Mexico recently introduced a new digital services tax. Under the new rules, paid-for digital services provided via digital content or apps through the Internet or any other fundamentally automated network are subject to specific value added tax rules if the user of the service is located in Mexico. This article provides a general summary of the new tax rules.
When the COVID-19 pandemic arrived in Mexico in Spring 2020, the Federal Telecommunications Institute issued a decree to order the maintenance of telecoms and broadcasting network operations, enhance information and communication technologies to counteract the effects of the contingency measures and encourage preventive measures and avoid the spread of misleading information. This article examines these provisions in brief.
In December 2019 the Federal Telecommunications Institute issued draft rules for public consultation to further regulate net neutrality in Mexico. Further discussions are anticipated following the consultation period and the definitive rules are expected to be published in mid-2020. Nonetheless, the publication of draft rules to regulate net neutrality is a positive step which has long been awaited by both industry players and non-governmental organisations.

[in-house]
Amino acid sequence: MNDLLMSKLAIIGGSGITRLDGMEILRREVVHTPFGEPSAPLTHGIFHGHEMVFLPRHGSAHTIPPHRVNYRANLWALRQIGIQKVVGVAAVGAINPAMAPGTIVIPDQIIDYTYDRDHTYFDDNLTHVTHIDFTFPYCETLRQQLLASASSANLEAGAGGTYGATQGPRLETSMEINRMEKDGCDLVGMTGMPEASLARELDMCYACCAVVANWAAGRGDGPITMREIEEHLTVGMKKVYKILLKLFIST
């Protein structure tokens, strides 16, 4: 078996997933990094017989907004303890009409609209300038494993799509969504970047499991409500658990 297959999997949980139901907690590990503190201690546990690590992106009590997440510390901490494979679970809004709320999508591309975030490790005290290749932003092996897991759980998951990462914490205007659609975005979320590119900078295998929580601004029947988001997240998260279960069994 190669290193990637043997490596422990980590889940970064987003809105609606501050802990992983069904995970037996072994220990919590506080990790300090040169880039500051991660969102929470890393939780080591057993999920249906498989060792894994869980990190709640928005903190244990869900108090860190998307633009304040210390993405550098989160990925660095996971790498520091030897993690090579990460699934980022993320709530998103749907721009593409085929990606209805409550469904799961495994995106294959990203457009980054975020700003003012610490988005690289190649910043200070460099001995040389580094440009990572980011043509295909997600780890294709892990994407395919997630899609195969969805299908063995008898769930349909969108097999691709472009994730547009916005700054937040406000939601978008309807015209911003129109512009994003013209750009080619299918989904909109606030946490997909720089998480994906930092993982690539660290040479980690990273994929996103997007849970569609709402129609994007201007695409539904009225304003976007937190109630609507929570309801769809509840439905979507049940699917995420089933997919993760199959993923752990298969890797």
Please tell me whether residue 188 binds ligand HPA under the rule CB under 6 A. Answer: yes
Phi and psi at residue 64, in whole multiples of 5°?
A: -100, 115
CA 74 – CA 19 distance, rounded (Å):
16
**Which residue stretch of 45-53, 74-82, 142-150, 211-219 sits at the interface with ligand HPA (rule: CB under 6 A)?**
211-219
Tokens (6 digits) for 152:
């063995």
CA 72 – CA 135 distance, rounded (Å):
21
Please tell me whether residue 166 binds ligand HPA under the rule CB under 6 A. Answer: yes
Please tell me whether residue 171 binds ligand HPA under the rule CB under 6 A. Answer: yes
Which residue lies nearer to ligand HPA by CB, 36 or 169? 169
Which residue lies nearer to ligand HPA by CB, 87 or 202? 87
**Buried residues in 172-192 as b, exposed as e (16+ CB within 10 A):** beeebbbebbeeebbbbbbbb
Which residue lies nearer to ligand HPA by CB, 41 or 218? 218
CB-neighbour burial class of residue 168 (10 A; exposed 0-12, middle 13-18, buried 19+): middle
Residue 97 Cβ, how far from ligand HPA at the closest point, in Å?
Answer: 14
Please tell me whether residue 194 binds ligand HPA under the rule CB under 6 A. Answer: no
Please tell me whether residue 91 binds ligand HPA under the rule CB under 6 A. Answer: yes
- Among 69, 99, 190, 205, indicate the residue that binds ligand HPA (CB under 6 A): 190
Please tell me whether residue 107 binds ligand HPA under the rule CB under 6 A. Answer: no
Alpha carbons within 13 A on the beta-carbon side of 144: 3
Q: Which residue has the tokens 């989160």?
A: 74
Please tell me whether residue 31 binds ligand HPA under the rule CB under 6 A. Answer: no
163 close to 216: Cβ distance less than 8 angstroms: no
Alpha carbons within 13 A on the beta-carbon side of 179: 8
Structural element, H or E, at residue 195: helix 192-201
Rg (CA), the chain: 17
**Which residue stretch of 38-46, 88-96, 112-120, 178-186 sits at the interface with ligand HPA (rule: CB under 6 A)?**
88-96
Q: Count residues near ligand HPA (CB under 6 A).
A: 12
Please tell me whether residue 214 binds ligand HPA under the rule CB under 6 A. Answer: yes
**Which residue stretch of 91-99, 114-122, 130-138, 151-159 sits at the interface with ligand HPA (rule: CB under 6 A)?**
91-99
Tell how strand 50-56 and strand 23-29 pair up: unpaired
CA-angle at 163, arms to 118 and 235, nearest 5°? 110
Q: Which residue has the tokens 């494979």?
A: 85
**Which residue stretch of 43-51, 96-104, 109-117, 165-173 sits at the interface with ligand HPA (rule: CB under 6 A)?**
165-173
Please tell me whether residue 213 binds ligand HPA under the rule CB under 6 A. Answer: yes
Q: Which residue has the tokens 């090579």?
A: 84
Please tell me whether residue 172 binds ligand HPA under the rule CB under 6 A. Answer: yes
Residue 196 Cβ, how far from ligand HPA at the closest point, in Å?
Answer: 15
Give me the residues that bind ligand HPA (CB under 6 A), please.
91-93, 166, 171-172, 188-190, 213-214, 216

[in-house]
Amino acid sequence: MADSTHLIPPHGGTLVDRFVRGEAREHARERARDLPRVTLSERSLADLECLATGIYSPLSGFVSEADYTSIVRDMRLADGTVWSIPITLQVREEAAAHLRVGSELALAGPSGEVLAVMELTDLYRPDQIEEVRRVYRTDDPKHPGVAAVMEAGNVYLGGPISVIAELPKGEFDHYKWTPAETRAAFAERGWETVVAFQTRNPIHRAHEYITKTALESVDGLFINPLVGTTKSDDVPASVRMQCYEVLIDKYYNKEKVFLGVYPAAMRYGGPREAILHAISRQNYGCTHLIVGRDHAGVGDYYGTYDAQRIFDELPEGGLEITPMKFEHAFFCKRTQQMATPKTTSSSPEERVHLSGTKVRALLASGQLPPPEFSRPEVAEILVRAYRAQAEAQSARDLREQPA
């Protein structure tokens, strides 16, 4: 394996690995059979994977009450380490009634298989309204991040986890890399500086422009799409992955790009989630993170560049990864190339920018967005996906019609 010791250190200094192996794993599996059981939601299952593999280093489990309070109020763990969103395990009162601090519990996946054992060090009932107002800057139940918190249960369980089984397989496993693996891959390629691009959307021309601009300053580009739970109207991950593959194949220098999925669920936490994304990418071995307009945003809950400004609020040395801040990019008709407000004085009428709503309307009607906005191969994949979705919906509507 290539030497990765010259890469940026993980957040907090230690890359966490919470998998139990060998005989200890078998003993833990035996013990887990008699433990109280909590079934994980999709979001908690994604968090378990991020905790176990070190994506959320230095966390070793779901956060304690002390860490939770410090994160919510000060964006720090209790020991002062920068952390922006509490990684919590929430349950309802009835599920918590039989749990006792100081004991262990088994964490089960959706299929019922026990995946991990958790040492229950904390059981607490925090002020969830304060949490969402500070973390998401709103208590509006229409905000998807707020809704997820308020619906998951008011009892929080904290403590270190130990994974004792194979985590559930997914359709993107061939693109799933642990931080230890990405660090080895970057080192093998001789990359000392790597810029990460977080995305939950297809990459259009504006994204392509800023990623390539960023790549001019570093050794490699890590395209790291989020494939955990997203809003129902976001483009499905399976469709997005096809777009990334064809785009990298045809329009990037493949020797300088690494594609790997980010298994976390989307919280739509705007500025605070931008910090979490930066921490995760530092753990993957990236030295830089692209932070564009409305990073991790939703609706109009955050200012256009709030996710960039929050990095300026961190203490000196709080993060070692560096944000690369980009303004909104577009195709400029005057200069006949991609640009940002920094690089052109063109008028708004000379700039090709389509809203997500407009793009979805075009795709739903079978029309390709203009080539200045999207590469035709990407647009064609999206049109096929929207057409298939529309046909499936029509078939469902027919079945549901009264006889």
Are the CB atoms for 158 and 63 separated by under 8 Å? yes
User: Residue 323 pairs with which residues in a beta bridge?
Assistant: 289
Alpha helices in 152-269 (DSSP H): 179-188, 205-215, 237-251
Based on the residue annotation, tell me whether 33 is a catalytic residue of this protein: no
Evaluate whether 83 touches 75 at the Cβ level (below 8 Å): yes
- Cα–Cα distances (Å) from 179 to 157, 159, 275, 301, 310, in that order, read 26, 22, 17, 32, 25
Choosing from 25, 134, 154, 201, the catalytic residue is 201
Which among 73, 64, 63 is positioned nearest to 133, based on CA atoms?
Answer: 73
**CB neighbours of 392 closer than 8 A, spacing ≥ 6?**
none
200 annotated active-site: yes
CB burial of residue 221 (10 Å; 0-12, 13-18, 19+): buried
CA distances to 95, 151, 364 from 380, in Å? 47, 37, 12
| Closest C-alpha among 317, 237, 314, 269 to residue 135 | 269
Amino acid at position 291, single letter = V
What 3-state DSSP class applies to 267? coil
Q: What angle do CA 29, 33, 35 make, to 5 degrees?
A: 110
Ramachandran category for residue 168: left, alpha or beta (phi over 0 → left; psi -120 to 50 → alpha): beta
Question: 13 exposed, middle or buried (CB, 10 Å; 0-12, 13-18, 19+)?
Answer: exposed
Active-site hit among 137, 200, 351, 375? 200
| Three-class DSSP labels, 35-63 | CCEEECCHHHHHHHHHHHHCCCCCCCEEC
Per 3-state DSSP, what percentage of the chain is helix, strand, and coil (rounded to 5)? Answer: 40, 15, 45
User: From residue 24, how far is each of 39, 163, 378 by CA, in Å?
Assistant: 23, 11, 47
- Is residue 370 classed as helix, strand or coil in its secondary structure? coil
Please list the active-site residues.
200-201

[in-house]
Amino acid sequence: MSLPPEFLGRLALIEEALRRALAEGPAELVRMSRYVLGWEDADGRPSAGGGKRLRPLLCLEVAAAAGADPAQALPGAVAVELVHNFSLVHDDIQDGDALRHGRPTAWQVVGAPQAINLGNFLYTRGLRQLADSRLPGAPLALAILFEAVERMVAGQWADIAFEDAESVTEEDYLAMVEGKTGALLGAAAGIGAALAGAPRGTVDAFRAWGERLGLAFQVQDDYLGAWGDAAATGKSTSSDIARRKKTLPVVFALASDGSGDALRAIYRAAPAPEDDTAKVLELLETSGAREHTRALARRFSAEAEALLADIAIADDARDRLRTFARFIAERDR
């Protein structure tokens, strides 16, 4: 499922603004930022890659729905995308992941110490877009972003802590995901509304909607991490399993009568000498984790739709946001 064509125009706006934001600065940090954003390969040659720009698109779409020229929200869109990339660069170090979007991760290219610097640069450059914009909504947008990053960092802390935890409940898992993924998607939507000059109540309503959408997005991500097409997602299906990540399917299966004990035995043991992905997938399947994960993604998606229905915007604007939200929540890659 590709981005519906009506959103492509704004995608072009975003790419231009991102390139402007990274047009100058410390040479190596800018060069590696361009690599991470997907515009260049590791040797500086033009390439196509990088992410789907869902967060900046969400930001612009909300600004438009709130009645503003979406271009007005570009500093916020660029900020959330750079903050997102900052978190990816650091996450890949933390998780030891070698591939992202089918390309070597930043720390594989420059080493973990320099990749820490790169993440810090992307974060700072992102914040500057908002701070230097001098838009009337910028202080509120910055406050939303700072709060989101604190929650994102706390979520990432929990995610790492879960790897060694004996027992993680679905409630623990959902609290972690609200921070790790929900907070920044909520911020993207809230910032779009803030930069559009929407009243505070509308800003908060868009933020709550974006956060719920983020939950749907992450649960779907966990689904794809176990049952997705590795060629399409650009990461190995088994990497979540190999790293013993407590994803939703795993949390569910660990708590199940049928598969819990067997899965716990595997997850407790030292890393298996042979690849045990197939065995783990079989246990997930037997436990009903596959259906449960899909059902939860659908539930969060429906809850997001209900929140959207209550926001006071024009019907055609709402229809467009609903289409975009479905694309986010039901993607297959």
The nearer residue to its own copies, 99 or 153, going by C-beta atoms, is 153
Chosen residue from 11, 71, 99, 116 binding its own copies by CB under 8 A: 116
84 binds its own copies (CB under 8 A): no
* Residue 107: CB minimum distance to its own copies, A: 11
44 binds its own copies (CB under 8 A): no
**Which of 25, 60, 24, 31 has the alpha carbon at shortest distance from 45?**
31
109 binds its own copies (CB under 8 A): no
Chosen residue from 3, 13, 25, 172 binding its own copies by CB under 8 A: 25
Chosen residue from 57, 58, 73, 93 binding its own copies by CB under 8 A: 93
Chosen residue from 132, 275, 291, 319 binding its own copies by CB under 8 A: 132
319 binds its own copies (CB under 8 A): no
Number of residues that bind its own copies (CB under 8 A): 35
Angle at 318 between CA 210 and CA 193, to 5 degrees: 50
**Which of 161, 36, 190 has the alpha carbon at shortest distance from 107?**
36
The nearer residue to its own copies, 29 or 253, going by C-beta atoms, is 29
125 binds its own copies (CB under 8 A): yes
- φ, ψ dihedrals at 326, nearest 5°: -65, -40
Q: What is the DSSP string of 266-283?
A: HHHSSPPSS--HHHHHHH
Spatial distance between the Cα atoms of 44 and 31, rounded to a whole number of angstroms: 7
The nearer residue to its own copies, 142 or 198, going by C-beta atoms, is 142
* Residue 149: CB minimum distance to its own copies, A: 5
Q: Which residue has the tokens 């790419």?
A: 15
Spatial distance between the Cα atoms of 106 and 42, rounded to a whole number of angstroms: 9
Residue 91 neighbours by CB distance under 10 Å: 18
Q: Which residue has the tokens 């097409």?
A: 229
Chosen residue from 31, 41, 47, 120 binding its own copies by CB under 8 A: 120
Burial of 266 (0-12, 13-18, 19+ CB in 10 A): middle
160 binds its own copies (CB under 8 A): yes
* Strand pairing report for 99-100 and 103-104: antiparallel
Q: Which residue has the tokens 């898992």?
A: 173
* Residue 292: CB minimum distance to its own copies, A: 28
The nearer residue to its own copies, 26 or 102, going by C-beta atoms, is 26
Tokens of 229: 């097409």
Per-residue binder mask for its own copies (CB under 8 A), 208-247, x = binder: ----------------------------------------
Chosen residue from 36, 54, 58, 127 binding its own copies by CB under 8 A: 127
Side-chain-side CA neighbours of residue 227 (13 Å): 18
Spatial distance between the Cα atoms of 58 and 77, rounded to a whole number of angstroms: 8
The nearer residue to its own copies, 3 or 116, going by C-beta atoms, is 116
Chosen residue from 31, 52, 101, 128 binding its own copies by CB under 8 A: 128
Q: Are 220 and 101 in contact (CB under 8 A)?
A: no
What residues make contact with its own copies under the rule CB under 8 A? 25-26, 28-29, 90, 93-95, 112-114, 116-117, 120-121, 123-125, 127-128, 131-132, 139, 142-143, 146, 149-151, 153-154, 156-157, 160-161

A new state-owned company has been established to provide free internet services to all citizens in Mexico. The company aims to provide telecoms services without charge and guarantee the right of access to information technologies and communication (including internet and broadband), particularly to people without access to such services in Mexico.
The administration recently issued its National Development Plan 2019-2024, which – despite the previous administration's plans – does not mention cybersecurity. Although there are still hopes that cybersecurity will be addressed in the soon-to-be-released Communications and Transports Sectorial Programme 2019-2024, it appears that the present administration has no intention of implementing a cybersecurity strategy.